DAVAO CITY (MindaNews/19 April) — The Davao City Council approved on third and final reading Tuesday An ordinance requiring a separate area for halal products in business establishments.
The measure, authored by Councilor Halila Y. Sudagar, committee chair on cultural communities and muslim affairs, requires stores “selling raw fish, seafoods, meat, processed meat products to segregate halal food from non-halal/haram food items, from delivery to storage, display, weighing slicing, carrying through baskets/carts/trolleys, until its final packing in the payment counter.”
In a text tmessage to MindaNews, Marilou Ampuan, chairperson of the Halal Commitee of the Philippine Tourism Congress, said the passage of the Halal Lane Ordinance is a welcome development to their endeavour in promoting Halal in Davao City as having a Muslim-friendly environment.
She lauded the council for being the first in the country to pass such ordinance.
“We are so proud that Davao is the only city in the Philippines able to pass an ordinance segregating Halal products. We are definite that it will increase the level of awareness on the principles and concepts of halal,” she said.
Section 3 states that the law applies to all grocery stores, meat shops, supermarkets and other establishments inside malls, marts, and centers and those outside malls whether registered with properties or not.
The ordinance was passed “to promote, protect and respect, the religious belief, customs and traditions of our Muslim community in Davao City in their sacred concept of halal and to ensure spiritual purity and cleanliness on their food.”
Section 6 states: “Suppliers, owners of grocery stores or supermarket through the managers, staffs, and tenants shall provide separate storage, container, or freezer exclusively for halal food items and halal-certified meat products.”
It adds that they must put in place a structure and equipment, from storage, container or frezer, tools, and gears, to prevent mixture and ensure absolute separation of halal food items and halal-certified meat products from non-halal ones.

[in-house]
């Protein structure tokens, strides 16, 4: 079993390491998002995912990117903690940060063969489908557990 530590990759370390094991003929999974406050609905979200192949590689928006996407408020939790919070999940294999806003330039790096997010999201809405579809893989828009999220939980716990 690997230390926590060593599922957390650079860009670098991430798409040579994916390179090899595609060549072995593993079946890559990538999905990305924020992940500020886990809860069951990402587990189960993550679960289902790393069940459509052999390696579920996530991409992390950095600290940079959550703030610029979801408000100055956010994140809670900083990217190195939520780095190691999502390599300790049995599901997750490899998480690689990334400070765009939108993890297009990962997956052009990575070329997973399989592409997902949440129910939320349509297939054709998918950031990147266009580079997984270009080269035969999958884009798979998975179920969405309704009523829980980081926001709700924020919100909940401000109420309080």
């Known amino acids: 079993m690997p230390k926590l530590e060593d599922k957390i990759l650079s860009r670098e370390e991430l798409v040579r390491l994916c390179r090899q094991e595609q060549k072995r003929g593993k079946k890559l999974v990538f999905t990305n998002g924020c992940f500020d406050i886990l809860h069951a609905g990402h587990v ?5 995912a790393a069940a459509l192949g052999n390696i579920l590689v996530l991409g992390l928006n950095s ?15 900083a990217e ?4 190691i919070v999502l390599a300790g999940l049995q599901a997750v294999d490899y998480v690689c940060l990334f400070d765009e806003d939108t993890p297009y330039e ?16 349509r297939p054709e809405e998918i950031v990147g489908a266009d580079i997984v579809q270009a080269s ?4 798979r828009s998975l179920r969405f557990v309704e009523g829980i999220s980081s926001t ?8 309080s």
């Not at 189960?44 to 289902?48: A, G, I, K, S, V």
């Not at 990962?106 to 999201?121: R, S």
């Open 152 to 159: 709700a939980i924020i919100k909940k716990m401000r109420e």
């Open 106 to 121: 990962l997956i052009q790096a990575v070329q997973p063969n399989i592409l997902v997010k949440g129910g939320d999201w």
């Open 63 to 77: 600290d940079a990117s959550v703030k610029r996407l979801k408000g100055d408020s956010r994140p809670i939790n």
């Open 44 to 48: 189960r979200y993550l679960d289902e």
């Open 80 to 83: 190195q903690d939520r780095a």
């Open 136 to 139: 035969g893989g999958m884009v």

“They shall also use separate equipment, tools, gears, and other apparatus which are exclusive for halal food items and halal-certified products only,” it says.
Among the prohibited acts, under Section 12, are improper covering or sealing of halal products, mixing of halal with non-halal products, and failure to provide a space in the payment counter in supermarket, and shop or store.
Violators shall be meted out P500 but not more than P1,000 for first offense; P1,000 but not more than P3,000 and/or suspension of business permit and license to oeprate for at least three months but not more than six months for the second offense; and P3,000 but not more than P5,000 and revocation of business permit and liecense to operate for third offense.
The City Health Office, City Veterinarian’s Office and Business Bureau, with National Commossion on Muslim Filipinos (NCMF) will consist the task force who will monitor the supermarkets, shops, stores, centers, suppliers and other establishments.
Last year, the City Council amended the five year Halal Ordinance that requires food establishments that offer Halal-processed food and beverages to get certification from the NCMF.
City Councilor Mabel Sunga-Acosta said the amended ordinance advances and protects the rights, culture and lifestyle of the Muslims by “allowing them to rest easy knowing that they consume products which are halal not only in name, but more importantly in fact.”
“The common misconception with regard to Halal is that it pertains to food products that have no pork or other forbidden ingredients. However, Halal is more than a word to describe food. It is a way of life, following the teachings of Islam to achieve a ‘holy’ or ‘blessed’ lifestyle. It goes beyond food and drink and is imbibed in everything they do,” she added. (Antonio L. Colina IV/MindaNews)